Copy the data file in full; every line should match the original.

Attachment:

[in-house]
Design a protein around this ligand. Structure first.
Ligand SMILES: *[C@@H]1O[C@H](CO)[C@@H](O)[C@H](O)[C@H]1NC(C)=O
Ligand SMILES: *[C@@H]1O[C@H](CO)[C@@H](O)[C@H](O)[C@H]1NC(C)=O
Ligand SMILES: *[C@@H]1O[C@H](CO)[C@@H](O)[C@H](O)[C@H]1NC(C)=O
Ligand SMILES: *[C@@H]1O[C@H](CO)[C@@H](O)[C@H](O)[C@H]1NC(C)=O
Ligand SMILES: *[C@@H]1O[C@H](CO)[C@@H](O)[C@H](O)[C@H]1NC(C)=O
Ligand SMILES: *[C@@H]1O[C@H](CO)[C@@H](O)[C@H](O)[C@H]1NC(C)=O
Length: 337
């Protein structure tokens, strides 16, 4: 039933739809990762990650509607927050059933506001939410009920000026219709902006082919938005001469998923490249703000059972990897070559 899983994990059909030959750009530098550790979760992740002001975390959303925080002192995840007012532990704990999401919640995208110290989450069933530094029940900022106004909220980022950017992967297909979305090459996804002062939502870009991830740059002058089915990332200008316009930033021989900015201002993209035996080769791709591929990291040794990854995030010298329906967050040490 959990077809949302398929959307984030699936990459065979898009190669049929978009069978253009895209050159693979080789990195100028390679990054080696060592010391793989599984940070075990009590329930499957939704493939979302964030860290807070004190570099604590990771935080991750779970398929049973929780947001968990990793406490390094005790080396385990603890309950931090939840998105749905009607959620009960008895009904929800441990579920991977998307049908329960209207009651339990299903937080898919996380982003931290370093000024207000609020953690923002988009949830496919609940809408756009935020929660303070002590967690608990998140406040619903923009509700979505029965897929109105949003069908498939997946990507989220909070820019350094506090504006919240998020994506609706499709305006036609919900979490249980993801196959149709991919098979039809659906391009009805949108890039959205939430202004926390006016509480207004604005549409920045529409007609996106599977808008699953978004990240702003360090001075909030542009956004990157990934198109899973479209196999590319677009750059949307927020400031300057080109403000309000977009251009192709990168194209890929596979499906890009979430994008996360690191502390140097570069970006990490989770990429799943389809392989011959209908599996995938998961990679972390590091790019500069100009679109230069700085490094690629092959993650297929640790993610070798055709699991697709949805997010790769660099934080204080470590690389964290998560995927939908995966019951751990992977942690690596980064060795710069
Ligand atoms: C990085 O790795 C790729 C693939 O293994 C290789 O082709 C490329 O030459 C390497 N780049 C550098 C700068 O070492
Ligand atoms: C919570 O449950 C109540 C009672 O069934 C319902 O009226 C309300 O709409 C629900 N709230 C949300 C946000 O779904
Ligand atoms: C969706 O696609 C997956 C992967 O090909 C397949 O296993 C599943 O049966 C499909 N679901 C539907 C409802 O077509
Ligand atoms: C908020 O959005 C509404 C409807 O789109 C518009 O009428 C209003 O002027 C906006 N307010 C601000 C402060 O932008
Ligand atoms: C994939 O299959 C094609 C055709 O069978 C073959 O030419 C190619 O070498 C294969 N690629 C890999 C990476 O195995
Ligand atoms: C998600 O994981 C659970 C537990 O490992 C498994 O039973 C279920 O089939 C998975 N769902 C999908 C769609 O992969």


[in-house]
Design a protein around this ligand. Structure first.
Ligand SMILES: *[C@@H]1O[C@H](CO)[C@@H](O)[C@H](O)[C@H]1NC(C)=O
Ligand SMILES: *[C@@H]1O[C@H](CO)[C@@H](O)[C@H](O)[C@H]1NC(C)=O
Ligand SMILES: *[C@@H]1O[C@H](CO)[C@@H](O)[C@H](O)[C@H]1NC(C)=O
Ligand SMILES: *[C@@H]1O[C@H](CO)[C@@H](O)[C@H](O)[C@H]1NC(C)=O
Ligand SMILES: *[C@@H]1O[C@H](CO)[C@@H](O)[C@H](O)[C@H]1NC(C)=O
Ligand SMILES: *[C@@H]1O[C@H](CO)[C@@H](O)[C@H](O)[C@H]1NC(C)=O
Length: 337
């Protein structure tokens, strides 16, 4: 039933739809990762990650509607927050059933506001939410009920000026219709902006082919938005001469998923490249703000059972990897070559 899983994990059909030959750009530098550790979760992740002001975390959303925080002192995840007012532990704990999401919640995208110290989450069933530094029940900022106004909220980022950017992967297909979305090459996804002062939502870009991830740059002058089915990332200008316009930033021989900015201002993209035996080769791709591929990291040794990854995030010298329906967050040490 959990077809949302398929959307984030699936990459065979898009190669049929978009069978253009895209050159693979080789990195100028390679990054080696060592010391793989599984940070075990009590329930499957939704493939979302964030860290807070004190570099604590990771935080991750779970398929049973929780947001968990990793406490390094005790080396385990603890309950931090939840998105749905009607959620009960008895009904929800441990579920991977998307049908329960209207009651339990299903937080898919996380982003931290370093000024207000609020953690923002988009949830496919609940809408756009935020929660303070002590967690608990998140406040619903923009509700979505029965897929109105949003069908498939997946990507989220909070820019350094506090504006919240998020994506609706499709305006036609919900979490249980993801196959149709991919098979039809659906391009009805949108890039959205939430202004926390006016509480207004604005549409920045529409007609996106599977808008699953978004990240702003360090001075909030542009956004990157990934198109899973479209196999590319677009750059949307927020400031300057080109403000309000977009251009192709990168194209890929596979499906890009979430994008996360690191502390140097570069970006990490989770990429799943389809392989011959209908599996995938998961990679972390590091790019500069100009679109230069700085490094690629092959993650297929640790993610070798055709699991697709949805997010790769660099934080204080470590690389964290998560995927939908995966019951751990992977942690690596980064060795710069
Ligand atoms: C990085 O790795 C790729 C693939 O293994 C290789 O082709 C490329 O030459 C390497 N780049 C550098 C700068 O070492
Ligand atoms: C919570 O449950 C109540 C009672 O069934 C319902 O009226 C309300 O709409 C629900 N709230 C949300 C946000 O779904
Ligand atoms: C969706 O696609 C997956 C992967 O090909 C397949 O296993 C599943 O049966 C499909 N679901 C539907 C409802 O077509
Ligand atoms: C908020 O959005 C509404 C409807 O789109 C518009 O009428 C209003 O002027 C906006 N307010 C601000 C402060 O932008
Ligand atoms: C994939 O299959 C094609 C055709 O069978 C073959 O030419 C190619 O070498 C294969 N690629 C890999 C990476 O195995
Ligand atoms: C998600 O994981 C659970 C537990 O490992 C498994 O039973 C279920 O089939 C998975 N769902 C999908 C769609 O992969």